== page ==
I think it looks great though and gives a real sense of how the errors are distributed, not just around the zero on the y-axis but also along the x-axis. It also shows that the great majority of the predictions are within around a 10% error margin, as did the regular histogram, but also it shows where the errors are which gives me ideas on where to look to try and improve the regression model.
The VBA code is below in case you want to snip parts of it, but there’s also a 2D histogram generator workbook available for download. The sample workbook is set up to take up to 10,000 pairs of data and comes filled with some dummy random data.
Dim IsNewChart As Boolean
' Bin headings
Dim X_Bins As Variant
Dim Y_Bins As Variant
' Chart values
Dim X_val As Double
Dim Y_val As Double
Dim BubbleSize As Double
Dim i As Long
Dim x As Long
Dim y As Long
Application.ScreenUpdating = False
' Set up y axis to include 99% of cases
Range("y_scale") = 0
Range("includes").GoalSeek Goal:=1, ChangingCell:=Range("y_scale")
On Error GoTo ErrCatch
' Get bin headings
X_Bins = ActiveSheet.Range("X_Bins")
Y_Bins = ActiveSheet.Range("Y_Bins")
' Next line forces an error if macro is not called from a chart click
' Set up chart
If IsNewChart Then FormatChart
' Loop through all bins setting up the bubbles on the chart
i = 1
For y = 1 To UBound(Y_Bins)
For x = 1 To UBound(X_Bins, 2)
Y_val = Y_Bins(y, 1)
X_val = X_Bins(1, x)
BubbleSize = GetBubbleSize(X_val, Y_val)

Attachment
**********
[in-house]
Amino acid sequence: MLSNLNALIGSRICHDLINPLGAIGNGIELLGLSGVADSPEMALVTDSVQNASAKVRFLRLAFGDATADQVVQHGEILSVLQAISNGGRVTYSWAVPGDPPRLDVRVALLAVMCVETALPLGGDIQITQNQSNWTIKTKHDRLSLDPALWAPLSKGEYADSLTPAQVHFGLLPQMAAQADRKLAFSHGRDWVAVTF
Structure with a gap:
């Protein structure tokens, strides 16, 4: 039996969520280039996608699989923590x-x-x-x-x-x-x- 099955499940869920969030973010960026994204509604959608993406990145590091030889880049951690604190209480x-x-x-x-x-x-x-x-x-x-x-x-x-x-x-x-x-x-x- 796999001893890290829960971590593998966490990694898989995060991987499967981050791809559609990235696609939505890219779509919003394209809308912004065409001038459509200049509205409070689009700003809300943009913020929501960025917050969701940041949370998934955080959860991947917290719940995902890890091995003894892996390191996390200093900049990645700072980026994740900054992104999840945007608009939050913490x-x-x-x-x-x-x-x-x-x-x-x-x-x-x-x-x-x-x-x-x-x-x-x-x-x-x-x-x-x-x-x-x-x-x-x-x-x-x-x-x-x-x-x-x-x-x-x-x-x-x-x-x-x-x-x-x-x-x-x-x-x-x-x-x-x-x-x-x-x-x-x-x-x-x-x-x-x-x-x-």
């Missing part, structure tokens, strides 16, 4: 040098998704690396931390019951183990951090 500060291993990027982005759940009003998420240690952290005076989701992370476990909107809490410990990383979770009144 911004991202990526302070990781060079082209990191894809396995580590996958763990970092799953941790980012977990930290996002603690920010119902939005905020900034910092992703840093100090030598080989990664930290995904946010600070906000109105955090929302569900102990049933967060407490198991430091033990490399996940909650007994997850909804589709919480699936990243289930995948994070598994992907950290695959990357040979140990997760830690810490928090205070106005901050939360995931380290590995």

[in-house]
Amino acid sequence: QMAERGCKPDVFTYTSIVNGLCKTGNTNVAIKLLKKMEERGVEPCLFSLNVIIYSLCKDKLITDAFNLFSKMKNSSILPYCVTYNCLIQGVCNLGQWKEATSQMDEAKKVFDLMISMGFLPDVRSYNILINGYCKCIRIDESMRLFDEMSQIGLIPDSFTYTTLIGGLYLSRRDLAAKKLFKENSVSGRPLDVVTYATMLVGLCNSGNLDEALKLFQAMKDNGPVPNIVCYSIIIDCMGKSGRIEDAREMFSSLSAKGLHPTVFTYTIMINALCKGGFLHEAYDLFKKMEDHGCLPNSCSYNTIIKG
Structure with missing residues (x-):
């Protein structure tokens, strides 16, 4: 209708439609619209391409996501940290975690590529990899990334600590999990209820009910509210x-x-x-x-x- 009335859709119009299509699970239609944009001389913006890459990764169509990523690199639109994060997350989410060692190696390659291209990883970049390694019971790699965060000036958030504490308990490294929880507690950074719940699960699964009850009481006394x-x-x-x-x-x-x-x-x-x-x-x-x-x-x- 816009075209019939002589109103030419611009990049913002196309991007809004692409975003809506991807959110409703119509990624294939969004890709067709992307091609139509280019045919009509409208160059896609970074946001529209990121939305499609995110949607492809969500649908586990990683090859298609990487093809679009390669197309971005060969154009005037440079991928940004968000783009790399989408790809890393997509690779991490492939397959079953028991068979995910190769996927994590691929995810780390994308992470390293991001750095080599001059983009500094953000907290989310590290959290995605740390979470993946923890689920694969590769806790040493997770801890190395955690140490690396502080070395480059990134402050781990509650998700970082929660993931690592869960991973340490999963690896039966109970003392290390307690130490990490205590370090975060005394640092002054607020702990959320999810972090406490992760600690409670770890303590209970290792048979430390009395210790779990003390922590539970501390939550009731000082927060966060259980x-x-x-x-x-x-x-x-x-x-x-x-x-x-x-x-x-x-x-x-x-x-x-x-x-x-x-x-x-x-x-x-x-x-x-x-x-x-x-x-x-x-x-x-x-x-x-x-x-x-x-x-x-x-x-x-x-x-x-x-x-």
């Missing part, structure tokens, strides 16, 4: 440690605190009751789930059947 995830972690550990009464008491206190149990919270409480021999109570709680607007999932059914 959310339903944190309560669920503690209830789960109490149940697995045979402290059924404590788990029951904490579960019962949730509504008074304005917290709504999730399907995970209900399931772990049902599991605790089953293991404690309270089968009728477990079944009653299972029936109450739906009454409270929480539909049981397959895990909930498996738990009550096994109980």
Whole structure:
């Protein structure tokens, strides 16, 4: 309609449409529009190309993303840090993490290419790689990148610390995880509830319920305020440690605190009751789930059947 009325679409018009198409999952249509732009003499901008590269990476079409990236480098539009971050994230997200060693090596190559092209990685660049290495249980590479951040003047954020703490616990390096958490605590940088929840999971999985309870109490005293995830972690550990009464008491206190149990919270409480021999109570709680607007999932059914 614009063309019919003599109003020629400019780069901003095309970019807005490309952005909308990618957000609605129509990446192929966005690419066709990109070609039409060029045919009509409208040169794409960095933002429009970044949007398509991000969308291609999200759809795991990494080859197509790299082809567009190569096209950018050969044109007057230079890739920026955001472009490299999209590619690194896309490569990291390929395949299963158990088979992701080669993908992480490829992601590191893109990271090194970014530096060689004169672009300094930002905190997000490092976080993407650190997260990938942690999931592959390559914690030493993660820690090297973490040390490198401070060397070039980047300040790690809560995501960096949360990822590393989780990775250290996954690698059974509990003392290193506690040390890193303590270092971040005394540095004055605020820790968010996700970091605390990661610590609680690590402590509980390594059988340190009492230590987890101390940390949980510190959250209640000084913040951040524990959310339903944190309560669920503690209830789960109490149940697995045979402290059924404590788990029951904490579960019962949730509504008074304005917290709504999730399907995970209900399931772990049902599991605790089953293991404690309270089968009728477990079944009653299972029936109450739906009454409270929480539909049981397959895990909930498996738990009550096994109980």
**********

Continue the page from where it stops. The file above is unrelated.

' Create new bubble if any cases are present in this bin
' and if max number of series is not yet reached.
If BubbleSize > 0 And i <= 255 Then
Call CreateBubble(i, X_val, Y_val, BubbleSize)
Call FormatBubble(i, BubbleSize)
i = i + 1
Application.ScreenUpdating = True
' Handle intentional error
If Err.Number = -2147024809 Then ' macro was not called by a chart click
ActiveChart.ChartType = xlBubble
IsNewChart = True
' Handle other errors
MsgBox ("Error no. " & Err.Number & " " & Err.Description)
Sub CreateBubble( _
i As Long, _
X_val As Double, _
Y_val As Double, _
BubbleSize As Double)
.XValues = X_val
.Values = Y_val
.BubbleSizes = BubbleSize
Sub FormatBubble(i, BubbleSize)
Dim maxBubbleSize As Long
Dim BubbleTint As Long
maxBubbleSize = WorksheetFunction.Max(Range("mymatrix"))
' Set the full range as between RGB (145,145,145) and RGB(245,245,245)
BubbleTint = 245 - (BubbleSize / maxBubbleSize) * 100
.Format.Fill.ForeColor.RGB = RGB(BubbleTint, BubbleTint + 50, BubbleTint)
.Border.Color = RGB(0, 0, 0)
.Format.Line.ForeColor.TintAndShade = 0.4
.Format.Line.Weight = 1
' Set scales
.ChartGroups(1).BubbleScale = 25
.Axes(xlCategory).MinimumScale = 0
.Axes(xlValue).MinimumScale = -0.12
.Axes(xlValue).MaximumScale = 0.12
' Set y-axis gridlines
.Border.Color = RGB(0, 0, 0)
.Format.Line.ForeColor.TintAndShade = 0.8
' Assign macro to chart
ActiveSheet.ChartObjects(ActiveChart.Parent.Name).OnAction = "BubbleHistogram"
Function GetBubbleSize(x, y) As Double
Dim X_place As Double
Dim Y_place As Double
X_place = Application.Match(x, Range("X_Bins"), 0)
Y_place = Application.Match(y, Range("Y_Bins"), 0)
GetBubbleSize = Application.Index(Range("MyMatrix"), Y_place, X_place)
Function ClearChart(myChart As Chart)
Dim s As Series
For Each s In myChart.SeriesCollection